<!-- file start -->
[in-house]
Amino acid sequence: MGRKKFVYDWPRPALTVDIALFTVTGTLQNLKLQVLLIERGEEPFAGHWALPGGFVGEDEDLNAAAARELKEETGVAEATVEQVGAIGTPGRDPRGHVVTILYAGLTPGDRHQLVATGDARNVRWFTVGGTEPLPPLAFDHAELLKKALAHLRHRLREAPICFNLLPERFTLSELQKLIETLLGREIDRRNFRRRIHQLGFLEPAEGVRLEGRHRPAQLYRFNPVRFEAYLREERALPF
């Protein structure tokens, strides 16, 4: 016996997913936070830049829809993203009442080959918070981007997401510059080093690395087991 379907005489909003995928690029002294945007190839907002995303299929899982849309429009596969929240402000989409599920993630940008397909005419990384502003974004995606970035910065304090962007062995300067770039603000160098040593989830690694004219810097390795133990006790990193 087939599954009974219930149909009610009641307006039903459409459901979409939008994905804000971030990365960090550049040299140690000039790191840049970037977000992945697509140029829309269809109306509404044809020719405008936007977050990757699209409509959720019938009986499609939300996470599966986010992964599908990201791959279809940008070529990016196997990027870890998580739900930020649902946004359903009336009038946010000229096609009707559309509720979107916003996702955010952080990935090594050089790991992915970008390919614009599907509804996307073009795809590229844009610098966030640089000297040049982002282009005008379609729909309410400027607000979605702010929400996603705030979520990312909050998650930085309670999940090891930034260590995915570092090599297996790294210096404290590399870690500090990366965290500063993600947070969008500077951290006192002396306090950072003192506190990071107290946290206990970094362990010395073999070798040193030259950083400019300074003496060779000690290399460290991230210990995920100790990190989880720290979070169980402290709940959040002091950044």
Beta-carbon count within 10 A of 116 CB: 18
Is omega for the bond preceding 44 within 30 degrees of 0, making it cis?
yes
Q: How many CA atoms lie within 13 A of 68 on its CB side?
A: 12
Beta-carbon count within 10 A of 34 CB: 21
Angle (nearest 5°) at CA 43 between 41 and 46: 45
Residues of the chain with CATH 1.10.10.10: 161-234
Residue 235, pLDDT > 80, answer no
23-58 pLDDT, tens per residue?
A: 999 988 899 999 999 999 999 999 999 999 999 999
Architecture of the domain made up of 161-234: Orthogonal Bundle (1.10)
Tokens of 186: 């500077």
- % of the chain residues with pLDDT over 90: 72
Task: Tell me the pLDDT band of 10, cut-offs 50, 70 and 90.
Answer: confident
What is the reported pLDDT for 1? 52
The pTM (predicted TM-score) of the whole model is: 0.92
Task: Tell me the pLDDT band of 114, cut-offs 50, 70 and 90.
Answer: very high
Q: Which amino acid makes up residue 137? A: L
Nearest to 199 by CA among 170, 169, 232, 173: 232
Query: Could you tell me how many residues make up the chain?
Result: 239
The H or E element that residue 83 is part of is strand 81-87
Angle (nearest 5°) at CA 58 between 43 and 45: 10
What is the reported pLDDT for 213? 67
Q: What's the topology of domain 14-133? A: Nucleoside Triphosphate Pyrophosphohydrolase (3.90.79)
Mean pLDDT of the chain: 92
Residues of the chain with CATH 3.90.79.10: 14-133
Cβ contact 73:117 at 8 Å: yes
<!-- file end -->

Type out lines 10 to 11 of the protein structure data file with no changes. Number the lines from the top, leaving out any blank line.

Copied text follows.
Angle (nearest 5°) at CA 43 between 41 and 46: 45
Residues of the chain with CATH 1.10.10.10: 161-234